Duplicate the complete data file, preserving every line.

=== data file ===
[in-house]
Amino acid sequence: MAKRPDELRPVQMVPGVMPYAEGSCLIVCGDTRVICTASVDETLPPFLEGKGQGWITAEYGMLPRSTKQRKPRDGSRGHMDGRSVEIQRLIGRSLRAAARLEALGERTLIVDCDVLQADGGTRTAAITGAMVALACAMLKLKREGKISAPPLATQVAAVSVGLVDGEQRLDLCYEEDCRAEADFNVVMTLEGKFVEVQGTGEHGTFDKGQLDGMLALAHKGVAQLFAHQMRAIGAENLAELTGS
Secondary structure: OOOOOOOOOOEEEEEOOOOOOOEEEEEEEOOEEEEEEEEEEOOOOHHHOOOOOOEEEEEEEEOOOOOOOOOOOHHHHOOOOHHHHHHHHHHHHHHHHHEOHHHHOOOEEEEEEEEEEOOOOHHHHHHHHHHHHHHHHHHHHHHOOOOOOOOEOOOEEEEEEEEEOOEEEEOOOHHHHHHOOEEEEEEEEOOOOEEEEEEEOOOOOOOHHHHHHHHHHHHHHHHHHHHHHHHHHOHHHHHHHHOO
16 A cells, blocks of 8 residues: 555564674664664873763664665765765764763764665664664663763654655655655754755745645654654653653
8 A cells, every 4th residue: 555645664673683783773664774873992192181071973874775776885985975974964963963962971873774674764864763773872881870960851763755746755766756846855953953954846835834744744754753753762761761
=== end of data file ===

[in-house]
Amino acid sequence: MAKRPDELRPVQMVPGVMPYAEGSCLIVCGDTRVICTASVDETLPPFLEGKGQGWITAEYGMLPRSTKQRKPRDGSRGHMDGRSVEIQRLIGRSLRAAARLEALGERTLIVDCDVLQADGGTRTAAITGAMVALACAMLKLKREGKISAPPLATQVAAVSVGLVDGEQRLDLCYEEDCRAEADFNVVMTLEGKFVEVQGTGEHGTFDKGQLDGMLALAHKGVAQLFAHQMRAIGAENLAELTGS
Secondary structure: OOOOOOOOOOEEEEEOOOOOOOEEEEEEEOOEEEEEEEEEEOOOOHHHOOOOOOEEEEEEEEOOOOOOOOOOOHHHHOOOOHHHHHHHHHHHHHHHHHEOHHHHOOOEEEEEEEEEEOOOOHHHHHHHHHHHHHHHHHHHHHHOOOOOOOOEOOOEEEEEEEEEOOEEEEOOOHHHHHHOOEEEEEEEEOOOOEEEEEEEOOOOOOOHHHHHHHHHHHHHHHHHHHHHHHHHHOHHHHHHHHOO
16 A cells, blocks of 8 residues: 555564674664664873763664665765765764763764665664664663763654655655655754755745645654654653653
8 A cells, every 4th residue: 555645664673683783773664774873992192181071973874775776885985975974964963963962971873774674764864763773872881870960851763755746755766756846855953953954846835834744744754753753762761761